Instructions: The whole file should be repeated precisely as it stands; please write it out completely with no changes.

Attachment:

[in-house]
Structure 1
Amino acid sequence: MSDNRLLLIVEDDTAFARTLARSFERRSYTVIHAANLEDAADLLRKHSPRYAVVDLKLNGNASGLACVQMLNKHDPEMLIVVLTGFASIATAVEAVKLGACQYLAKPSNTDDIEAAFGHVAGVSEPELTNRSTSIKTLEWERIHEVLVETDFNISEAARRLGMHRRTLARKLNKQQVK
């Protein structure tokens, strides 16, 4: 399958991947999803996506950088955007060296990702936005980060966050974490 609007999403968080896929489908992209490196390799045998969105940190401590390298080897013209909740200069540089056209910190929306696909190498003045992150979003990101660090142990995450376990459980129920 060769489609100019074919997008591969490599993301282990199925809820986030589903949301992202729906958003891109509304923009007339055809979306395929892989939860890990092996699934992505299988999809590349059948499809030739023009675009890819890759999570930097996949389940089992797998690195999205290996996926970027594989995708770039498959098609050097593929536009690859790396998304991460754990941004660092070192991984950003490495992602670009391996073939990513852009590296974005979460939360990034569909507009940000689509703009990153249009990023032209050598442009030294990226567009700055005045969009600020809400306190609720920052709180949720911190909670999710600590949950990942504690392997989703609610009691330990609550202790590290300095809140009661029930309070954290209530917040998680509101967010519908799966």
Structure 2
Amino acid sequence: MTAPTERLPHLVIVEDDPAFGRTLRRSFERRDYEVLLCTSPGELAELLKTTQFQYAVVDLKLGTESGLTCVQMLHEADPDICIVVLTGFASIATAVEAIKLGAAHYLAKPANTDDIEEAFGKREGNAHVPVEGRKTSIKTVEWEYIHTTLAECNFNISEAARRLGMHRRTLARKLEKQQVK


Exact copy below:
[in-house]
Structure 1
Amino acid sequence: MSDNRLLLIVEDDTAFARTLARSFERRSYTVIHAANLEDAADLLRKHSPRYAVVDLKLNGNASGLACVQMLNKHDPEMLIVVLTGFASIATAVEAVKLGACQYLAKPSNTDDIEAAFGHVAGVSEPELTNRSTSIKTLEWERIHEVLVETDFNISEAARRLGMHRRTLARKLNKQQVK
């Protein structure tokens, strides 16, 4: 399958991947999803996506950088955007060296990702936005980060966050974490 609007999403968080896929489908992209490196390799045998969105940190401590390298080897013209909740200069540089056209910190929306696909190498003045992150979003990101660090142990995450376990459980129920 060769489609100019074919997008591969490599993301282990199925809820986030589903949301992202729906958003891109509304923009007339055809979306395929892989939860890990092996699934992505299988999809590349059948499809030739023009675009890819890759999570930097996949389940089992797998690195999205290996996926970027594989995708770039498959098609050097593929536009690859790396998304991460754990941004660092070192991984950003490495992602670009391996073939990513852009590296974005979460939360990034569909507009940000689509703009990153249009990023032209050598442009030294990226567009700055005045969009600020809400306190609720920052709180949720911190909670999710600590949950990942504690392997989703609610009691330990609550202790590290300095809140009661029930309070954290209530917040998680509101967010519908799966």
Structure 2
Amino acid sequence: MTAPTERLPHLVIVEDDPAFGRTLRRSFERRDYEVLLCTSPGELAELLKTTQFQYAVVDLKLGTESGLTCVQMLHEADPDICIVVLTGFASIATAVEAIKLGAAHYLAKPANTDDIEEAFGKREGNAHVPVEGRKTSIKTVEWEYIHTTLAECNFNISEAARRLGMHRRTLARKLEKQQVK